Former Brazilian President Artur da Costa e Silva ran the country during one of its most rigid, authoritarian eras. In the 1960s, Costa e Silva reduced rights and began a culture of political persecution, culminating in the widespread use of torture by state officials. Like other dictators, Costa e Silva has been honored for decades by the bridges, roads, and stadiums named after him. São Paulo’s most emblematic viaduct system still bears his name. But that could change, as the City Council approved a law to rename it President João Goulart, the man deposed by the dictatorship. To become official, the bill only needs a signature from the mayor.
For the good and the bad, the 3.5km-long Viaduct Costa e Silva is extremely representative of São Paulo: huge, ugly, raw. People know it by its nickname, Minhocão (literally “big worm”). While it would be unlikely that residents would start calling it something else after the name change, the move is filled with symbolism.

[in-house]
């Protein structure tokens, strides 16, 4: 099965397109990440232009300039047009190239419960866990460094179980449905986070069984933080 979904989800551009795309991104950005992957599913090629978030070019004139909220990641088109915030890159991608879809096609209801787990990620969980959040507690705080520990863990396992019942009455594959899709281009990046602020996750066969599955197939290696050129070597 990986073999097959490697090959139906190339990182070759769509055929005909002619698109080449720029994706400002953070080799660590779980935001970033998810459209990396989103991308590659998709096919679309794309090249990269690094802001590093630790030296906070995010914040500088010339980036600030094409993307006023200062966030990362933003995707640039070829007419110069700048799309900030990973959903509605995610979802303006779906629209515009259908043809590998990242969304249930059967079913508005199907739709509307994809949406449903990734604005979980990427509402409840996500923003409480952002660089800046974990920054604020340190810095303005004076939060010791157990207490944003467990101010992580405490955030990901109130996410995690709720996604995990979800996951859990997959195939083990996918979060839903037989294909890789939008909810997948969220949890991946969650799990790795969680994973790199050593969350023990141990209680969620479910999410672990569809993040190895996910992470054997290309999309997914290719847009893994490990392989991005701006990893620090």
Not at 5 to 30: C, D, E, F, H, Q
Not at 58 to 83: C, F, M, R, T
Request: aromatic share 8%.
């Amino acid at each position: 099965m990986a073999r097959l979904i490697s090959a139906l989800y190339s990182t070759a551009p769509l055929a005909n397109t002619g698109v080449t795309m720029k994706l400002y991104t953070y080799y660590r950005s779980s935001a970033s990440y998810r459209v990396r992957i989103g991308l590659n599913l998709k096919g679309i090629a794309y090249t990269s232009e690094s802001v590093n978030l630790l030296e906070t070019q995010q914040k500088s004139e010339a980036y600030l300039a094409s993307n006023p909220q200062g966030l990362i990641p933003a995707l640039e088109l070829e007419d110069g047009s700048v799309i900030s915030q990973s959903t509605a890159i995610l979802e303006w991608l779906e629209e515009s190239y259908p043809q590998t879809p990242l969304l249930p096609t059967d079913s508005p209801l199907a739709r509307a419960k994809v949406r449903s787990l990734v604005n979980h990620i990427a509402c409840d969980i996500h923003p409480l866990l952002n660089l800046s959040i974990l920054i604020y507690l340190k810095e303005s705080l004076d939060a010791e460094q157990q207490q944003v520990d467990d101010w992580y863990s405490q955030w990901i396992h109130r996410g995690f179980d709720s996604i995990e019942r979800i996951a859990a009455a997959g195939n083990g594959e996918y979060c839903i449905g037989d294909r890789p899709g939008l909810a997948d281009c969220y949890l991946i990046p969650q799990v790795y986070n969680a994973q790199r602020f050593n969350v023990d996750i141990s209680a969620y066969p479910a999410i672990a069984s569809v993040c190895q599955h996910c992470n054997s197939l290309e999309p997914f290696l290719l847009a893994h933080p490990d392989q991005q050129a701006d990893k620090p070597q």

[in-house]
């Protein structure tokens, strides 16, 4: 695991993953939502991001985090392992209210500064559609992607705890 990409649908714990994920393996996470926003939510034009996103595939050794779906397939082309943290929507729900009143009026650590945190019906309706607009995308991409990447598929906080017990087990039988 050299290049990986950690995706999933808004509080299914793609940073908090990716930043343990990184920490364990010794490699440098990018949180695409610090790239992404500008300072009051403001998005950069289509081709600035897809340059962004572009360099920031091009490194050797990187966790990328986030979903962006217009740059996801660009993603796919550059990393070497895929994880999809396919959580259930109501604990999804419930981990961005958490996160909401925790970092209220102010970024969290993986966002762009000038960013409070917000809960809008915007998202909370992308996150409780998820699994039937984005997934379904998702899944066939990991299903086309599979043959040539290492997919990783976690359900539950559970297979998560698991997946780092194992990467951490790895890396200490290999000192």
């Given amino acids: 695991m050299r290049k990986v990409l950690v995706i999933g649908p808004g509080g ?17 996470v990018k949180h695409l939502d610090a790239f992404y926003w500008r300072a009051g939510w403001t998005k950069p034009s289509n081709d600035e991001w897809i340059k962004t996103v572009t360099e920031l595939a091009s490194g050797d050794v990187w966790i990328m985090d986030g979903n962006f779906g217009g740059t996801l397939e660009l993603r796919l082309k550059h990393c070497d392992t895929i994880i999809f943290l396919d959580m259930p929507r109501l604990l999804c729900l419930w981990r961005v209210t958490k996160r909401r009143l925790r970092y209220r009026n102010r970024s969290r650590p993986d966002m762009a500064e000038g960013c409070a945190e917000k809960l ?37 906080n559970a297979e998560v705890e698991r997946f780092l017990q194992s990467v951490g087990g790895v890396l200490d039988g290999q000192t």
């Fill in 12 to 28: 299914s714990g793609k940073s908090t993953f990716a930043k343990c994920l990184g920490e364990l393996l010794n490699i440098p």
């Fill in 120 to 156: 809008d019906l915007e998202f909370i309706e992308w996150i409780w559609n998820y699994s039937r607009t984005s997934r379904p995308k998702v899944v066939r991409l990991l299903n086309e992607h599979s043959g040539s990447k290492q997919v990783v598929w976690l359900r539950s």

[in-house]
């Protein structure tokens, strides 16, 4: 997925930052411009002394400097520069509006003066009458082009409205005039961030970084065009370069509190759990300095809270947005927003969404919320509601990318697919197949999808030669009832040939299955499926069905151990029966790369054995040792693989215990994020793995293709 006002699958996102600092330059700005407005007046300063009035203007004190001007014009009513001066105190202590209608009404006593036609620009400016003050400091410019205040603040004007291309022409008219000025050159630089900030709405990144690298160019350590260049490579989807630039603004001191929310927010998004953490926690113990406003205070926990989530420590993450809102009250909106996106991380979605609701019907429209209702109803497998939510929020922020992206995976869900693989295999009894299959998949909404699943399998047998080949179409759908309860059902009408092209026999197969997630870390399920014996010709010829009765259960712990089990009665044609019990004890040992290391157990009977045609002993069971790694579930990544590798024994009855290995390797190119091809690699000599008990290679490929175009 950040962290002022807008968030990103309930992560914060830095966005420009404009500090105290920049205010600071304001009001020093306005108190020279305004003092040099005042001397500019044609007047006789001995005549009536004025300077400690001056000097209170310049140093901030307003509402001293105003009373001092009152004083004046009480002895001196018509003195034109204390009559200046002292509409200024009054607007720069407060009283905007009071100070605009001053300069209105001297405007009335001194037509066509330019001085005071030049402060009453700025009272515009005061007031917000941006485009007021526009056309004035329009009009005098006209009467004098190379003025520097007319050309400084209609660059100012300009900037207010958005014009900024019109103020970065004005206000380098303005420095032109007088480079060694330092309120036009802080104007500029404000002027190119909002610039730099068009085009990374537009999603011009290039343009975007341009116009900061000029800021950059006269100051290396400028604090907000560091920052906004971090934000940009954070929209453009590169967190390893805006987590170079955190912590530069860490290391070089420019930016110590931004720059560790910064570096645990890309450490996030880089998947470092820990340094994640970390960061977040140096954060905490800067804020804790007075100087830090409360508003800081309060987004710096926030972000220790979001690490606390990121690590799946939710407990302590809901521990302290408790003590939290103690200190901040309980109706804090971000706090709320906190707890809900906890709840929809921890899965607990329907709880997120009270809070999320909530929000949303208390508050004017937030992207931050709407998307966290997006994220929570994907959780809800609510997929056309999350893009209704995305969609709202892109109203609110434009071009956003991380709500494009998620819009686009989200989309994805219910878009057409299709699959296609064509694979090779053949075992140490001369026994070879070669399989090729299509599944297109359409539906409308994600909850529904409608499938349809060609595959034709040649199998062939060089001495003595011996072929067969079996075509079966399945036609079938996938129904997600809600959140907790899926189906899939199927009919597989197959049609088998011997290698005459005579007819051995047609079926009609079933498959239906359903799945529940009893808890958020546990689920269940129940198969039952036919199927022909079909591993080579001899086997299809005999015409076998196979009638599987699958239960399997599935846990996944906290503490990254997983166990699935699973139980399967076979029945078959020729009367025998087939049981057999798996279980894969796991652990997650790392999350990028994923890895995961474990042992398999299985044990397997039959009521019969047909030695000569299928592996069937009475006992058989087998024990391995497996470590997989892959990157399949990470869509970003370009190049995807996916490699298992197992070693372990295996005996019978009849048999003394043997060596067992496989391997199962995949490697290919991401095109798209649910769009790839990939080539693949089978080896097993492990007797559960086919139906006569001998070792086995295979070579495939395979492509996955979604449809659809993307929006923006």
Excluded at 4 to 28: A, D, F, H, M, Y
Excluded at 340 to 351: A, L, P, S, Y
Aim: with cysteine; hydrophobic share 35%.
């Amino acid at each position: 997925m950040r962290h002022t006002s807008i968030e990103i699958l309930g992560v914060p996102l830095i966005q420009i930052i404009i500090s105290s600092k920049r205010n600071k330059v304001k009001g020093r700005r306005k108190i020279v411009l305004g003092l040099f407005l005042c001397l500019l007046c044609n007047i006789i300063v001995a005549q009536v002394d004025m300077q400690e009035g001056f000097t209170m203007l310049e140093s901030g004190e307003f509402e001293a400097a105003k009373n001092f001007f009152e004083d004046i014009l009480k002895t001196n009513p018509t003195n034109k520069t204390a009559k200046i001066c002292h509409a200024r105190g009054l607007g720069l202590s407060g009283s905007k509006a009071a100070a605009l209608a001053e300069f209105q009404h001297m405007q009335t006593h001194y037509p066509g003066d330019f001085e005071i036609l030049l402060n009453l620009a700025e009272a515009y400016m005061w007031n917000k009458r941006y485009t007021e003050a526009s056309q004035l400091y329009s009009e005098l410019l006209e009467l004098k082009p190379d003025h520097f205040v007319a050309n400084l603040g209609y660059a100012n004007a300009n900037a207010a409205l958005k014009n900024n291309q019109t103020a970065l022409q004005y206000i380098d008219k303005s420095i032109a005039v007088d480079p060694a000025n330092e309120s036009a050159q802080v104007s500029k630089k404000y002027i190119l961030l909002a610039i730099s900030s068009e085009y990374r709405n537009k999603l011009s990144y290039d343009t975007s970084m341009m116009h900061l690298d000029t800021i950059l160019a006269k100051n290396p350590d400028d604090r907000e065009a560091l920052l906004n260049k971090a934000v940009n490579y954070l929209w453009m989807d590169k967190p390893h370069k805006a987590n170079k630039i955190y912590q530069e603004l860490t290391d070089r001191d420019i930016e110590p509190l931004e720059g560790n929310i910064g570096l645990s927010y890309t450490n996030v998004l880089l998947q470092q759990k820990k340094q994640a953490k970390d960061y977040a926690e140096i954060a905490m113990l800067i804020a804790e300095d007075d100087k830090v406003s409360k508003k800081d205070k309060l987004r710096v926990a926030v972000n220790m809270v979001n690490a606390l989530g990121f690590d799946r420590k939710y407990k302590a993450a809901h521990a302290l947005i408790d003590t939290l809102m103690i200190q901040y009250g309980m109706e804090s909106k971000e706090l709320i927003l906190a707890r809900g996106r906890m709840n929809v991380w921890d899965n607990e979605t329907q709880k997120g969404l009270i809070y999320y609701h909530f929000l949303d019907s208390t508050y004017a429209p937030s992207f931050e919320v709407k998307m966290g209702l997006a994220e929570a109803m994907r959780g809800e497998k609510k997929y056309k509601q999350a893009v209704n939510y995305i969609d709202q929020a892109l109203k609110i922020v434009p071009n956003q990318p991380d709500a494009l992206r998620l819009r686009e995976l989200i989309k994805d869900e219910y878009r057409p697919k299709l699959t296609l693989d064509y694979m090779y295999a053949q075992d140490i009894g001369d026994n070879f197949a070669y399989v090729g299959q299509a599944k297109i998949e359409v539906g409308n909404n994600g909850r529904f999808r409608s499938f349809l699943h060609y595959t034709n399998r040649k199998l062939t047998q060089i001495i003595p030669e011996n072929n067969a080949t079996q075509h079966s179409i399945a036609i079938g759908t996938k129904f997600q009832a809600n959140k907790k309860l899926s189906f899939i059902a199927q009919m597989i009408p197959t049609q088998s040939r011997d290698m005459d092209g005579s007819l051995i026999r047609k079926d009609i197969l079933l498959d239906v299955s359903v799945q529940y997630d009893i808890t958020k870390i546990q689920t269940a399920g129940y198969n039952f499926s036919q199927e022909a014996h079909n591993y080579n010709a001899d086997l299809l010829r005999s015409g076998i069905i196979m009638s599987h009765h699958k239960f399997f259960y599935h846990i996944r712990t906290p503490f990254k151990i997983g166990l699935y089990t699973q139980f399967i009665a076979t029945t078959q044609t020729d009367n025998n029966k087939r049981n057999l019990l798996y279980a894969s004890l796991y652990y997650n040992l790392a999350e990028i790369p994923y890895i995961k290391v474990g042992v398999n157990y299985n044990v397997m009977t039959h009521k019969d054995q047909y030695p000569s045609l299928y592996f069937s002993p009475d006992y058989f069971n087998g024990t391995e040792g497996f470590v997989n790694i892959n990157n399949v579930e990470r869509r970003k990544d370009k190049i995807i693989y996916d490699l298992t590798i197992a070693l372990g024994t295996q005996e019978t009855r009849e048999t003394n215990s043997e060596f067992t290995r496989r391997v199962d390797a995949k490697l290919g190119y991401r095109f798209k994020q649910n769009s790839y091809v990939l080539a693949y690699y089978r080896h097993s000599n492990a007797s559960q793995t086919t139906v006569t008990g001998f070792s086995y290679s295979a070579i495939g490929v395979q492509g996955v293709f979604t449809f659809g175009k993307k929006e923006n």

Brazil has never figured out how to grapple with the memory of its authoritarian days. The Army still assumes a version of facts that the dictatorship was a sort of “democratic revolution” that helped to save Brazil from communism. Brazil went on to be a democratic country, but kept the names of the dictators in public spaces. That has been gradually changing. Another two bridges bearing the name of Costa e Silva, one in Rio and one in Brasília, have been named to honor leaders of resistance groups. Now, it’s São Paulo’s turn.
The History of the Minhocão
The viaduct complex was inaugurated in 1971, during the dictatorship’s harshest moments. At the time, it represented a way of dealing with the increasing number of cars on the street, but it has also made São Paulo’s cityscape less attractive and degrades living conditions. Nearby apartments suffer from extreme noise and pollution.
Currently, many groups support its destruction in favor of something that could revitalize the degraded central neighborhood of São Paulo. As a matter of fact, Mayor Fernando Haddad has already signed a bill to transform the complex into a park, although nothing has been done since. Others believe it should remain as is to avoid making the traffic – which is already terrible – even worse.